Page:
[Crash Course] Psychology XXXVI&XXXVII Biomedical treatments & Social thinking

Client perceptions, Clinician perceptions, Outcome research.

Effectiveness: whether or not a given therapy works in a 'real world setting'.

Efficacy: whether a therapy works better than some other, comparable intervention, or a control.

Instill hope, Gaining new perspective, Genuine empathy, Trusting caring relationship, Offer clear and positive communication.

Biomedical therapies: aim to physiologically change the brain's electrochemical state with psychotropic drugs, magnetic impulses, or even electricial currents and surgery.

Pharmacotherapy, is by far the most widely used, that's the one way where you just take drugs. -Antipsychotics, use to treat schizophrenia, and other types of severe thought disorders. -Anxiolytics, usuallt worked by depressing activity in the central nervous system. -Antidepressants, use to treat depression, but also a number of anxiety disorders. -Mood stabilisers, effective in smoothing out highs and lows of bipolar disorder.

Electroconvulsive therapy (ECT): involves sending a brief electrical current through the brain of an anesthetised patient. -Resulting seizure beneficially alters neurotransmittter activity in areas of the brain associated with moods and emotions. -Electrical pulses modify stress hormone activity in the brain. -Re-activiate previously dormant or suppressed neurons, or possibly stimulate the growth of new ones in key brain regions, helping the brain regain some level of lost functioning.

Social psychology: focuses on the power of the situation. Examines how we think about, influence, and relate to one another in certain conditions.

When we're trying to understand why people act like villains or heroes, one of the things we're really asking is, 'Did they do what they did becuse of their personality or the situation?'

Attribution theory: the theory that we can explain someone's behaviour by crediting either their stable, enduring traits— also known as their dispostion— or the situation at hand. But it can be surprisingly hard to tell whether someone's behaviour is dispositional or situational.

Fundamental attibution error: the tendency for observers, when analysing another's behaviour, to underestimate the impact of the situation and to overestimate the impact of personal disposition.

What we choose to believe can cause big consequences.

How persuation works: 1st step: central route persuasion: involves calling on basic thinking and reasoning to convince people. This is what's at work when interested people focus on the evidence and arguments at hand, and are persuaded by the actual content of the message. 2nd step: influences people by way of incidental cues, like a speaker's physical attractiveness or personal relationship. Peripheral Route Persuation happens more readily when you're not paying a ton of attention, which is why billboards and television ads can be scarily effective. So that's how politicians and advertisers and maybe bosses and teachers and pushy friends try to change our behaviour by chaning our attitudes. But it turns out that the reverse is true, too. Our attitudes can be affected by our behaviours. You might have heard about the phrase 'Fake it till you make it'.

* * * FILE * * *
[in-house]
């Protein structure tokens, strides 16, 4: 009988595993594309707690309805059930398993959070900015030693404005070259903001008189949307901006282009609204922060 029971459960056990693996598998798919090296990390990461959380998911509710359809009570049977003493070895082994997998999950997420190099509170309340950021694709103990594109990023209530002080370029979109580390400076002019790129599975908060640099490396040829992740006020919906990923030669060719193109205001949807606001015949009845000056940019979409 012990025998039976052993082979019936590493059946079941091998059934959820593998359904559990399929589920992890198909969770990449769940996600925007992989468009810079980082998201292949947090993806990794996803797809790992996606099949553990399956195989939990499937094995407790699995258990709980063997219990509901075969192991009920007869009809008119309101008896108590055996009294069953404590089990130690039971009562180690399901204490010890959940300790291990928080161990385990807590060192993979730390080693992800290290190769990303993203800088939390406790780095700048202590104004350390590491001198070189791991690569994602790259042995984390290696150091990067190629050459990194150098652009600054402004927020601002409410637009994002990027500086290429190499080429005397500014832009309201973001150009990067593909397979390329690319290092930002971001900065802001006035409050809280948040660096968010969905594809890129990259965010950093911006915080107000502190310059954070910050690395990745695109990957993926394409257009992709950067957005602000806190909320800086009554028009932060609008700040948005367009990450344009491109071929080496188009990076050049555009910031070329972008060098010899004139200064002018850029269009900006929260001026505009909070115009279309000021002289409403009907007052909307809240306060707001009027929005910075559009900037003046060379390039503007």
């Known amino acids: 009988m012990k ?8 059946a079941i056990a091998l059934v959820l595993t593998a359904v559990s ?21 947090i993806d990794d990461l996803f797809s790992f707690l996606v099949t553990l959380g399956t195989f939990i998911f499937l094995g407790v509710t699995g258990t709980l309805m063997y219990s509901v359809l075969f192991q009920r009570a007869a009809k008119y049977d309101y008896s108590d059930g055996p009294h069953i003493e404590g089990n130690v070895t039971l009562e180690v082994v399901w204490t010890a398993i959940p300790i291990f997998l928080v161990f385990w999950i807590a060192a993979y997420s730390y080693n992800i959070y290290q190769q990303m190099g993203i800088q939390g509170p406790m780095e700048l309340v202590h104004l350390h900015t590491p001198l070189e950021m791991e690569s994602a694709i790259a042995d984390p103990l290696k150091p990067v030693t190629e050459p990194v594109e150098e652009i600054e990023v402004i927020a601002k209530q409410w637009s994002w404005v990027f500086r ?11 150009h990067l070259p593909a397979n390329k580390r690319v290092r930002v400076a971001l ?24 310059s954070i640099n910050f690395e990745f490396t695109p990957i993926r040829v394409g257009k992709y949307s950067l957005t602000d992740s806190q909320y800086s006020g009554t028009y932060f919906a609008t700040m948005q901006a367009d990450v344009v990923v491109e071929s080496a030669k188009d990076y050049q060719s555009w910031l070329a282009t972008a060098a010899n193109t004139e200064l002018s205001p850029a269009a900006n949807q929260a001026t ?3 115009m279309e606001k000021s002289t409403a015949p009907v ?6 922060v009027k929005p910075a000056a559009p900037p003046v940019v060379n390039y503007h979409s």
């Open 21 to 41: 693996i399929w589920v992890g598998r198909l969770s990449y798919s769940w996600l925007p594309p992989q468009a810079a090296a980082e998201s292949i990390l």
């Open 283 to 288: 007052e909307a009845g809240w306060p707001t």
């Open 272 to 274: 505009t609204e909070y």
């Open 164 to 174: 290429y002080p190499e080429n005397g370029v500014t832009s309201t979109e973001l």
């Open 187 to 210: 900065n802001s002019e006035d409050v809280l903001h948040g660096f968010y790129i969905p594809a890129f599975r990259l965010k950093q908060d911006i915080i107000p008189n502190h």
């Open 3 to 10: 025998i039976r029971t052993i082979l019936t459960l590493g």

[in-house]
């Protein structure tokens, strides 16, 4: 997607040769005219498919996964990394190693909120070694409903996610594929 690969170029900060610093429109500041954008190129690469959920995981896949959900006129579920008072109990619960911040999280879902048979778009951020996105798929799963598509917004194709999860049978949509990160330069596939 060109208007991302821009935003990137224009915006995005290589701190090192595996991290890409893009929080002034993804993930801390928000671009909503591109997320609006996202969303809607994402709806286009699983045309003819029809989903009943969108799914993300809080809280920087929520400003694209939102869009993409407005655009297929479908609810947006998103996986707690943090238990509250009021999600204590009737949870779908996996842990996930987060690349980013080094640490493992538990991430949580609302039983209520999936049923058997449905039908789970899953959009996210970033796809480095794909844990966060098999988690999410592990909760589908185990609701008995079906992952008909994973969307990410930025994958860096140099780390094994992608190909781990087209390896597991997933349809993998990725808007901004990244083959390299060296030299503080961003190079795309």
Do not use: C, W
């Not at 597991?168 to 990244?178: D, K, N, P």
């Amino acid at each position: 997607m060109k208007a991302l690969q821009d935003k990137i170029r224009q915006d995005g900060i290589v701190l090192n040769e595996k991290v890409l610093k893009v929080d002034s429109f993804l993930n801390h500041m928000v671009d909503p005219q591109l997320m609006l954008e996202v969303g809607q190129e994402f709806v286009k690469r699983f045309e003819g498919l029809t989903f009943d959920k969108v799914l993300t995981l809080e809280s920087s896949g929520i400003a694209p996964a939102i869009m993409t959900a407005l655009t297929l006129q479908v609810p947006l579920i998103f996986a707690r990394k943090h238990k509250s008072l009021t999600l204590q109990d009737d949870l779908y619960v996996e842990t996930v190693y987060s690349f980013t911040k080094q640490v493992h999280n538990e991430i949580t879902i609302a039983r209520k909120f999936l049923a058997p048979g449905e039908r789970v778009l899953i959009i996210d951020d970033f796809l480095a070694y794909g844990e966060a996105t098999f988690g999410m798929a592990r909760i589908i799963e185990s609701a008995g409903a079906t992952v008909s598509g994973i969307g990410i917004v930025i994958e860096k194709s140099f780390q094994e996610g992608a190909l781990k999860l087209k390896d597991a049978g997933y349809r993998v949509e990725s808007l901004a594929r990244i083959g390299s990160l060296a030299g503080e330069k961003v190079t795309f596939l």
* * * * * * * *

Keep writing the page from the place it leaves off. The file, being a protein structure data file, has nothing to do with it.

The foot-in-the-door phenomenon: the tendency for people to more readily comply with a certain big request after they've first agreed to smaller, more innocuous requests. [Like Darth Vader didn't just go from 'Go get them Anakin', to dark lord overnight. He was slowly enticed to the dark side by a series of escalating actions and attitude changes. Do this favour for me, now run this errand, now kill these Padawans. Now blow the planet! What started this small actions went on to become big ones, suddenly transforming Vader's belief's about himself and others. There's plenty of experimental evidence that moral action really does strengthens moral convictions, just as amoral action strengthens amoral attitudes.]

Zimbardo's famous study 'Stanford Prison Experiment': The power of a given situation can easily override individual differences in personality. It sheds such a harsh light on the nature of power and corruption.

So, why does it seem so easy to rationalise a negative action or attitude and so hard to muster the positive ones? One partial explanation comes from American social psychologist Leon Festinger's theory of cognitive dissonance. Festinger's theory begins with the notion that we experience discomfort, or dissonance, when our thoughts, beliefs, or behaviours are inconsistent with each other. Basically, we don't like to confuse ourselves. It's kind of an iverted fundamental attribution error. Attributing a person's actions mainly to the situation instead of his personality. The point is that this mismatch between what we do and who we think we are induces tension— cognitive dissonance— and that we tend to want to resolve that tension.